Regarding the second component, the capital stock, the main risk is that the investment shortfall during the pandemic would lead to a permanently lower growth path of the capital stock and, through that channel, to a slower potential growth of the whole economy. Again, the duration of the pandemic, and the uncertainty associated with it, plays a crucial role in investment decisions. On the other hand, slower private investment growth in the coming years will be partly compensated by higher public investment, including under the Next Generation EU programme. However, the impact of this is very heterogeneous across countries.
Finally, there is an unclear net impact of the pandemic on total factor productivity. That impact may be negative if the pandemic reinforces the already existing trend towards increased protectionism and deglobalisation. Permanently disrupted international production chains would hamper the efficient international allocation of production factors and thus lead to lower productivity growth. On the other hand, there are also possible positive indirect effects of the pandemic on productivity growth. Accelerated digitalisation is one example. The upcoming wave of public investment can also contribute positively, especially when it comes to infrastructure investment. Investments leading to higher energy efficiency could also significantly boost productivity and thus potential growth over time.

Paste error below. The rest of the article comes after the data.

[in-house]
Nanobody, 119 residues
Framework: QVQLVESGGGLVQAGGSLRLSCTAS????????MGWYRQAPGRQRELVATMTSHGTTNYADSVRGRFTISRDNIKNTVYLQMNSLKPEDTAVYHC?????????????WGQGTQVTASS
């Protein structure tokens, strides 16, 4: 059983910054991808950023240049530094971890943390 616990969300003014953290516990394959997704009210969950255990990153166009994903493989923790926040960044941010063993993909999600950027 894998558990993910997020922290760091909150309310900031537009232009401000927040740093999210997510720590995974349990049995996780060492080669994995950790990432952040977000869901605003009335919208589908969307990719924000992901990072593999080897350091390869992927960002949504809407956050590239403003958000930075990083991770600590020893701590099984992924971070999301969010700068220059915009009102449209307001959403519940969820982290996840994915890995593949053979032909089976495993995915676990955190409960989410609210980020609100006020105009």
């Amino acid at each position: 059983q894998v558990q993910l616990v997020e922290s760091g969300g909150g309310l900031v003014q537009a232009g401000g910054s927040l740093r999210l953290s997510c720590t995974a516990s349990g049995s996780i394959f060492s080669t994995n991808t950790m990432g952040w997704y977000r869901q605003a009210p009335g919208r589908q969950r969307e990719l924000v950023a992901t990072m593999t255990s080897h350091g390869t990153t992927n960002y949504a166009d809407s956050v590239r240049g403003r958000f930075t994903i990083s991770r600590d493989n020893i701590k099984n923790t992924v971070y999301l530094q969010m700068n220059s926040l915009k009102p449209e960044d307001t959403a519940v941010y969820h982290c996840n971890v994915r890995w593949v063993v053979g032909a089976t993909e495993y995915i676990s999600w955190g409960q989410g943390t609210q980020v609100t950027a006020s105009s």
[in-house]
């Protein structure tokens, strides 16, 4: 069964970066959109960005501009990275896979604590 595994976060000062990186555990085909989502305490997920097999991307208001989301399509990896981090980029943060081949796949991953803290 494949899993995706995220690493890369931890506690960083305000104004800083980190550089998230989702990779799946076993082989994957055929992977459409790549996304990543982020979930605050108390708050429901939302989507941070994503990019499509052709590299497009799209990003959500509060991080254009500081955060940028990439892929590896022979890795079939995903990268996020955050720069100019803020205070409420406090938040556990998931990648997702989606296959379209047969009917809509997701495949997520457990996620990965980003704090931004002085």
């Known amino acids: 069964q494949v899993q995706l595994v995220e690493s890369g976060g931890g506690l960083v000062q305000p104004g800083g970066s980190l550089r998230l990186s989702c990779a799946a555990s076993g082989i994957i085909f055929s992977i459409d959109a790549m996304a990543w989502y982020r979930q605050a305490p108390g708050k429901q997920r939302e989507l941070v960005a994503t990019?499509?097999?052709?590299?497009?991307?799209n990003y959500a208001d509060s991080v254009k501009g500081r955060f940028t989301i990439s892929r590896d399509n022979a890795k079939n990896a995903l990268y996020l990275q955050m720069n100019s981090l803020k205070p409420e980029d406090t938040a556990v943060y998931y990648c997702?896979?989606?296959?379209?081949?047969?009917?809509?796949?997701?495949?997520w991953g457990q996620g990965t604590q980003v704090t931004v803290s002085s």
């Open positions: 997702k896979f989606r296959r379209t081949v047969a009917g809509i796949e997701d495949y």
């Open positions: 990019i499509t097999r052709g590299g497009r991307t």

It is impossible to quantify all these future effects. In an attempt to find some reference points, Fuentes et al. (ECB Economic Bulletin 8/2020) make a comparison with the economic impact of past shocks, in particular past epidemics, the oil shocks of the 1970s, wars and financial crises. Using data from 117 countries for the period 1970-2017, the authors conclude that past epidemics, oil price shocks and wars had little long-term impact on potential growth, unlike financial crises, in which the impact on investment and the capital stock was greater. That conclusion suggests that the long-term impact of the Covid-19 pandemic depends largely on its impact on investment growth.
The results of a December 2020 survey by CEPR indicate that the expected impact is limited. Two-thirds of European panel members expected potential GDP growth in 2025 to be unaffected by the pandemic. 81% expected no change or at most a decrease of 0.5 percentage points.
Many policymakers are taking the same wait-and-see approach for the time being. The US central bank’s policy committee, for example, marginally lowered its forecast for the long-term growth rate of the US economy from 1.9% to 1.8%. ECB chief economist Lane also indicated that he expects a limited long-term impact (FT, 16 March 2021). He emphasised the unique nature of the pandemic, which he said is different from the financial crisis. With sufficient policy support, Lane believes long-term economic damage can be contained.
Finally, the European Commission’s latest Ageing Report of November 2020 also makes the implicit assumption that the pandemic will not leave any economic traces in the longer term. Potential growth in the euro area will decline over the next decade, but this will be due, according to the report, to the decline in the working-age population. This message is important. Europe’s ageing population will continue to weigh on its economic growth potential in the years ahead, perhaps even more so than the effects of the pandemic.